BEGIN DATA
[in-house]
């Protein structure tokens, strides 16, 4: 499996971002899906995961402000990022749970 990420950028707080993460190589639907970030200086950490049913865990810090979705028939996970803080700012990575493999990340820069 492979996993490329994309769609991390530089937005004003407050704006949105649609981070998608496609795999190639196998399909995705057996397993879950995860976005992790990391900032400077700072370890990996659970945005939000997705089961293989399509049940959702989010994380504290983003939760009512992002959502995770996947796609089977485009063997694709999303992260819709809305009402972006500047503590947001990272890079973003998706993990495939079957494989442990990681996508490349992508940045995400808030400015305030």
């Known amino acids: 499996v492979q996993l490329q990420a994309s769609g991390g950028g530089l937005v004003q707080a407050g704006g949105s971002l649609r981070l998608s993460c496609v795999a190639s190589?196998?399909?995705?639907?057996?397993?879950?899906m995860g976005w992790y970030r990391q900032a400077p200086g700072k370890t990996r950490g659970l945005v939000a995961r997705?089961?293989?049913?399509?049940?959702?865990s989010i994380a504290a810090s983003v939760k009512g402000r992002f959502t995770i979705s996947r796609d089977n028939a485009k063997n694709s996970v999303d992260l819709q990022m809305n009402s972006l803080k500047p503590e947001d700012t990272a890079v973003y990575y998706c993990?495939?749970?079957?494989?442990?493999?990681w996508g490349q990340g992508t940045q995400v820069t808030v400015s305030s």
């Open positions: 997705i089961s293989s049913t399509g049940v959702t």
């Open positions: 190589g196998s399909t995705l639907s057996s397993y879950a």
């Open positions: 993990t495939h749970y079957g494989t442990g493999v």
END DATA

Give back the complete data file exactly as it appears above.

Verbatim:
[in-house]
């Protein structure tokens, strides 16, 4: 499996971002899906995961402000990022749970 990420950028707080993460190589639907970030200086950490049913865990810090979705028939996970803080700012990575493999990340820069 492979996993490329994309769609991390530089937005004003407050704006949105649609981070998608496609795999190639196998399909995705057996397993879950995860976005992790990391900032400077700072370890990996659970945005939000997705089961293989399509049940959702989010994380504290983003939760009512992002959502995770996947796609089977485009063997694709999303992260819709809305009402972006500047503590947001990272890079973003998706993990495939079957494989442990990681996508490349992508940045995400808030400015305030």
């Known amino acids: 499996v492979q996993l490329q990420a994309s769609g991390g950028g530089l937005v004003q707080a407050g704006g949105s971002l649609r981070l998608s993460c496609v795999a190639s190589?196998?399909?995705?639907?057996?397993?879950?899906m995860g976005w992790y970030r990391q900032a400077p200086g700072k370890t990996r950490g659970l945005v939000a995961r997705?089961?293989?049913?399509?049940?959702?865990s989010i994380a504290a810090s983003v939760k009512g402000r992002f959502t995770i979705s996947r796609d089977n028939a485009k063997n694709s996970v999303d992260l819709q990022m809305n009402s972006l803080k500047p503590e947001d700012t990272a890079v973003y990575y998706c993990?495939?749970?079957?494989?442990?493999?990681w996508g490349q990340g992508t940045q995400v820069t808030v400015s305030s």
């Open positions: 997705i089961s293989s049913t399509g049940v959702t």
């Open positions: 190589g196998s399909t995705l639907s057996s397993y879950a």
């Open positions: 993990t495939h749970y079957g494989t442990g493999v």